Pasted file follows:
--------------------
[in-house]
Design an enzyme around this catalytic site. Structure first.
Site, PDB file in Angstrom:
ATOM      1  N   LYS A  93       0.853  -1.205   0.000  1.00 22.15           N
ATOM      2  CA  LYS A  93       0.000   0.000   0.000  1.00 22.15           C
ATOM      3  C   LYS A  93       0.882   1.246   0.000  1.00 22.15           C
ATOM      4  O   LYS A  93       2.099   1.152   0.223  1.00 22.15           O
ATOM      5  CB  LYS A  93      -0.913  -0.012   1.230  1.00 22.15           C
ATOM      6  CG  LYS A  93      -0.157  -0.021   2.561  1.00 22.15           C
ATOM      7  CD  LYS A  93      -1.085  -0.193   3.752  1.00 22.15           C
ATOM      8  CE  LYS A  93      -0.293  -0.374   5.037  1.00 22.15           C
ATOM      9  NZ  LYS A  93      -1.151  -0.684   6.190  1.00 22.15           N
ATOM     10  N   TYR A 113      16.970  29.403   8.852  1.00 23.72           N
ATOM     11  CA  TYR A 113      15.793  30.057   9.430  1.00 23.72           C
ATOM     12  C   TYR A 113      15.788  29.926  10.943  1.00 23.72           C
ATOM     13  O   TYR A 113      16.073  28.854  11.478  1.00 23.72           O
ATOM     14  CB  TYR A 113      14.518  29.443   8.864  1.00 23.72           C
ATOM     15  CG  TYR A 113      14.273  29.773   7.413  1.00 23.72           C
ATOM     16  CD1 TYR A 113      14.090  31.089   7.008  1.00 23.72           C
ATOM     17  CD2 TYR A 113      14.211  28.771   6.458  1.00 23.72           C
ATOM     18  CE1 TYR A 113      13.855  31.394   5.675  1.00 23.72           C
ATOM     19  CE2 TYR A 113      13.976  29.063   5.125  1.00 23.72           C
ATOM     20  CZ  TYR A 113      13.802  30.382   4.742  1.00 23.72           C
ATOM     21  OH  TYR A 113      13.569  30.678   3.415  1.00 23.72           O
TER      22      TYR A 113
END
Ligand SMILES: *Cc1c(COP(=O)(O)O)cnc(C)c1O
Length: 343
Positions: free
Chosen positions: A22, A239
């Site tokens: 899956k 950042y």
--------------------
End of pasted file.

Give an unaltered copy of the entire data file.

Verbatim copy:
[in-house]
Design an enzyme around this catalytic site. Structure first.
Site, PDB file in Angstrom:
ATOM      1  N   LYS A  93       0.853  -1.205   0.000  1.00 22.15           N
ATOM      2  CA  LYS A  93       0.000   0.000   0.000  1.00 22.15           C
ATOM      3  C   LYS A  93       0.882   1.246   0.000  1.00 22.15           C
ATOM      4  O   LYS A  93       2.099   1.152   0.223  1.00 22.15           O
ATOM      5  CB  LYS A  93      -0.913  -0.012   1.230  1.00 22.15           C
ATOM      6  CG  LYS A  93      -0.157  -0.021   2.561  1.00 22.15           C
ATOM      7  CD  LYS A  93      -1.085  -0.193   3.752  1.00 22.15           C
ATOM      8  CE  LYS A  93      -0.293  -0.374   5.037  1.00 22.15           C
ATOM      9  NZ  LYS A  93      -1.151  -0.684   6.190  1.00 22.15           N
ATOM     10  N   TYR A 113      16.970  29.403   8.852  1.00 23.72           N
ATOM     11  CA  TYR A 113      15.793  30.057   9.430  1.00 23.72           C
ATOM     12  C   TYR A 113      15.788  29.926  10.943  1.00 23.72           C
ATOM     13  O   TYR A 113      16.073  28.854  11.478  1.00 23.72           O
ATOM     14  CB  TYR A 113      14.518  29.443   8.864  1.00 23.72           C
ATOM     15  CG  TYR A 113      14.273  29.773   7.413  1.00 23.72           C
ATOM     16  CD1 TYR A 113      14.090  31.089   7.008  1.00 23.72           C
ATOM     17  CD2 TYR A 113      14.211  28.771   6.458  1.00 23.72           C
ATOM     18  CE1 TYR A 113      13.855  31.394   5.675  1.00 23.72           C
ATOM     19  CE2 TYR A 113      13.976  29.063   5.125  1.00 23.72           C
ATOM     20  CZ  TYR A 113      13.802  30.382   4.742  1.00 23.72           C
ATOM     21  OH  TYR A 113      13.569  30.678   3.415  1.00 23.72           O
TER      22      TYR A 113
END
Ligand SMILES: *Cc1c(COP(=O)(O)O)cnc(C)c1O
Length: 343
Positions: free
Chosen positions: A22, A239
């Site tokens: 899956k 950042y």